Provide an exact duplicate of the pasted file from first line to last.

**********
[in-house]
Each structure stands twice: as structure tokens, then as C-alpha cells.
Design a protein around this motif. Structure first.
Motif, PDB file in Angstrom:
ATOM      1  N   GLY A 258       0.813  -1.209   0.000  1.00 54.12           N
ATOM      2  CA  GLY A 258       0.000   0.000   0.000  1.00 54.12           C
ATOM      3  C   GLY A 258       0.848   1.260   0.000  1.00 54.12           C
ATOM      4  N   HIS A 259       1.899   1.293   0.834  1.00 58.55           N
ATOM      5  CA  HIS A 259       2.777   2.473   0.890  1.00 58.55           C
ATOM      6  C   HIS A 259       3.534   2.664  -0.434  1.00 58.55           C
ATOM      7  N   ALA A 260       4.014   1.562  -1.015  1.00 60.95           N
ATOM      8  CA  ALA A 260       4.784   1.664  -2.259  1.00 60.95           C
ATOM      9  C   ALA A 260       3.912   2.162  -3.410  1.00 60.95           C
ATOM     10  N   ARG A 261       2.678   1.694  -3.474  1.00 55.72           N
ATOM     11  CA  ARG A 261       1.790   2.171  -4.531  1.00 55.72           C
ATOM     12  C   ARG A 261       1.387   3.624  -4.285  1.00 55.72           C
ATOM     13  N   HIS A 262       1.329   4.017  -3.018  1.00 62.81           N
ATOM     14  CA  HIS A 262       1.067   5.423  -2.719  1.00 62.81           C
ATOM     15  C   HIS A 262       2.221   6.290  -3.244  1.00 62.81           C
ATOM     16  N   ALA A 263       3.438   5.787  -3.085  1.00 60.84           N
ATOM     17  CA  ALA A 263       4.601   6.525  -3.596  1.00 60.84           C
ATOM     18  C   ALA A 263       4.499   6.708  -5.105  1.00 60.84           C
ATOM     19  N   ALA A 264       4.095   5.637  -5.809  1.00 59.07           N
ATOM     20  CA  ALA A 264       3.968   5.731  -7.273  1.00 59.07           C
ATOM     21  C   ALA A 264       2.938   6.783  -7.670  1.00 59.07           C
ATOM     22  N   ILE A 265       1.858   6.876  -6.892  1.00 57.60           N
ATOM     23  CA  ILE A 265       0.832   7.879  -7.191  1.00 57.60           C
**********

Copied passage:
[in-house]
Each structure stands twice: as structure tokens, then as C-alpha cells.
Design a protein around this motif. Structure first.
Motif, PDB file in Angstrom:
ATOM      1  N   GLY A 258       0.813  -1.209   0.000  1.00 54.12           N
ATOM      2  CA  GLY A 258       0.000   0.000   0.000  1.00 54.12           C
ATOM      3  C   GLY A 258       0.848   1.260   0.000  1.00 54.12           C
ATOM      4  N   HIS A 259       1.899   1.293   0.834  1.00 58.55           N
ATOM      5  CA  HIS A 259       2.777   2.473   0.890  1.00 58.55           C
ATOM      6  C   HIS A 259       3.534   2.664  -0.434  1.00 58.55           C
ATOM      7  N   ALA A 260       4.014   1.562  -1.015  1.00 60.95           N
ATOM      8  CA  ALA A 260       4.784   1.664  -2.259  1.00 60.95           C
ATOM      9  C   ALA A 260       3.912   2.162  -3.410  1.00 60.95           C
ATOM     10  N   ARG A 261       2.678   1.694  -3.474  1.00 55.72           N
ATOM     11  CA  ARG A 261       1.790   2.171  -4.531  1.00 55.72           C
ATOM     12  C   ARG A 261       1.387   3.624  -4.285  1.00 55.72           C
ATOM     13  N   HIS A 262       1.329   4.017  -3.018  1.00 62.81           N
ATOM     14  CA  HIS A 262       1.067   5.423  -2.719  1.00 62.81           C
ATOM     15  C   HIS A 262       2.221   6.290  -3.244  1.00 62.81           C
ATOM     16  N   ALA A 263       3.438   5.787  -3.085  1.00 60.84           N
ATOM     17  CA  ALA A 263       4.601   6.525  -3.596  1.00 60.84           C
ATOM     18  C   ALA A 263       4.499   6.708  -5.105  1.00 60.84           C
ATOM     19  N   ALA A 264       4.095   5.637  -5.809  1.00 59.07           N
ATOM     20  CA  ALA A 264       3.968   5.731  -7.273  1.00 59.07           C
ATOM     21  C   ALA A 264       2.938   6.783  -7.670  1.00 59.07           C
ATOM     22  N   ILE A 265       1.858   6.876  -6.892  1.00 57.60           N
ATOM     23  CA  ILE A 265       0.832   7.879  -7.191  1.00 57.60           C